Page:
Let’s play a quick game of “tell me what’s wrong with this picture.” After last week’s induction ceremony, K-State football’s Ring of Honor includes 20 former players. Here are the positions they played:
Running Back: 4
Wide Receivers: 2
Defensive Backs: 3
Defensive Linemen: 1
*Bill Snyder was such an innovator that he not only revolutionized offensive football at Iowa in the 1980s, but foreshadowed the punt-to-win strategy recently popularized in Iowa City.
Given this list, one could be forgiven for thinking K-State plays seven-on-seven football.
Somehow, a program that rose from Futility U to a consistent winner, occasional contender, and two-time Big 12 champion doesn’t have a single player from the most-important position group in its Ring of Honor. Presumably, our opponents were simply kind enough not to play any defensive linemen against us so that players like Ell Roberson could complete passes unbothered by pass rushers and running backs like David Allen could gallivant downfield for big gains.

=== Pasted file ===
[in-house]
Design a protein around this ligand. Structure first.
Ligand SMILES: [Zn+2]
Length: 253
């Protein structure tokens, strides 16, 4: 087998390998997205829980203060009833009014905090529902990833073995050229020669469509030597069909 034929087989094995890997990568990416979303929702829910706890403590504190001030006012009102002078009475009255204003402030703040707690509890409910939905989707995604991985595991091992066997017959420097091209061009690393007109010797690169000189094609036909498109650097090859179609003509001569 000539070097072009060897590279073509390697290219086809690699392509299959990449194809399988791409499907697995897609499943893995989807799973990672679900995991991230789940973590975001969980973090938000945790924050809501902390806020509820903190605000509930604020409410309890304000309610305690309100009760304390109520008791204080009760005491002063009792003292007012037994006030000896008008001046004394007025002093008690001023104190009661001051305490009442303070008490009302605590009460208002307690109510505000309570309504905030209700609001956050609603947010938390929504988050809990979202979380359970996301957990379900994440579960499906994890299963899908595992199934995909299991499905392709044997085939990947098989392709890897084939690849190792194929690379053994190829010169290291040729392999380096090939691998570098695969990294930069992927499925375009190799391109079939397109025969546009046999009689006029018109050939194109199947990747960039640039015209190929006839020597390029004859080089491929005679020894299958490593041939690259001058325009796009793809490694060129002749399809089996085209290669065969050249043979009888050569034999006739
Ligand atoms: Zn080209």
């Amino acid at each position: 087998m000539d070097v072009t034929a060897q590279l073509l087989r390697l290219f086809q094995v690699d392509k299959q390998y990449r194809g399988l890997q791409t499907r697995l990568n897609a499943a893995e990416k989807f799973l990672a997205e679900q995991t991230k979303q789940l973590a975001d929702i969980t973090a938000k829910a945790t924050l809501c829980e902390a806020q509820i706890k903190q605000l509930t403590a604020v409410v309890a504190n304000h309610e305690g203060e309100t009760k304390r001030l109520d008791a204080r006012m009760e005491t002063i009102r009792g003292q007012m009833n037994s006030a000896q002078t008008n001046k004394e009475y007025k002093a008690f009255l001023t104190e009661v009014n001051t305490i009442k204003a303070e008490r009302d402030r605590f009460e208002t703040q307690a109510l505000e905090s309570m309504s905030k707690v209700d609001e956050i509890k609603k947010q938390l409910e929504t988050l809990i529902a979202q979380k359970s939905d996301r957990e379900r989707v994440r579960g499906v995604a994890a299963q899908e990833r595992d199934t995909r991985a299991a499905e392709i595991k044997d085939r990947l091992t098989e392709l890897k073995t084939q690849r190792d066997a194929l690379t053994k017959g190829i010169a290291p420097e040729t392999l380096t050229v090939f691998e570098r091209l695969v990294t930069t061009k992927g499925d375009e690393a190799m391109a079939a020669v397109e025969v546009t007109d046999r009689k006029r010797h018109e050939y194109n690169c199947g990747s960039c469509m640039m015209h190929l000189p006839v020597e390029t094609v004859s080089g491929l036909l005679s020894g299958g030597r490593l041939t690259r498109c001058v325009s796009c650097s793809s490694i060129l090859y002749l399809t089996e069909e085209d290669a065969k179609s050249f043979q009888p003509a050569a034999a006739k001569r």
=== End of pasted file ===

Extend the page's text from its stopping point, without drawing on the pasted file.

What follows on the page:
The Ring of Honor is cheapened by not including any of the great offensive linemen who have played in Manhattan. I assure you, Nick Leckey, Ryan Lilja and Jeromey Clary played as big a part in K-State winning its first conference title in almost 70 years as Roberson and Darren Sproles did. Other great linemen, like Quentin Neujahr, B.J. Finney and Cody Whitehair – and probably others – deserve consideration as well.
Leckey in particular should have gone into the Ring of Honor years ago. As the center for the 2003 team, he made the line calls and directed traffic for the team that bulldozed Oklahoma in Kansas City. He was a first-team All American. He was twice first-team all-Big 12. A finalist for the Rimington Trophy. And if that weren’t enough, he played six years in the NFL and won a Super Bowl with the New Orleans Saints. By any standard, he’s one of the greatest players ever at K-State.
Enough is enough. Put Nick Leckey in the Ring of Honor. Now.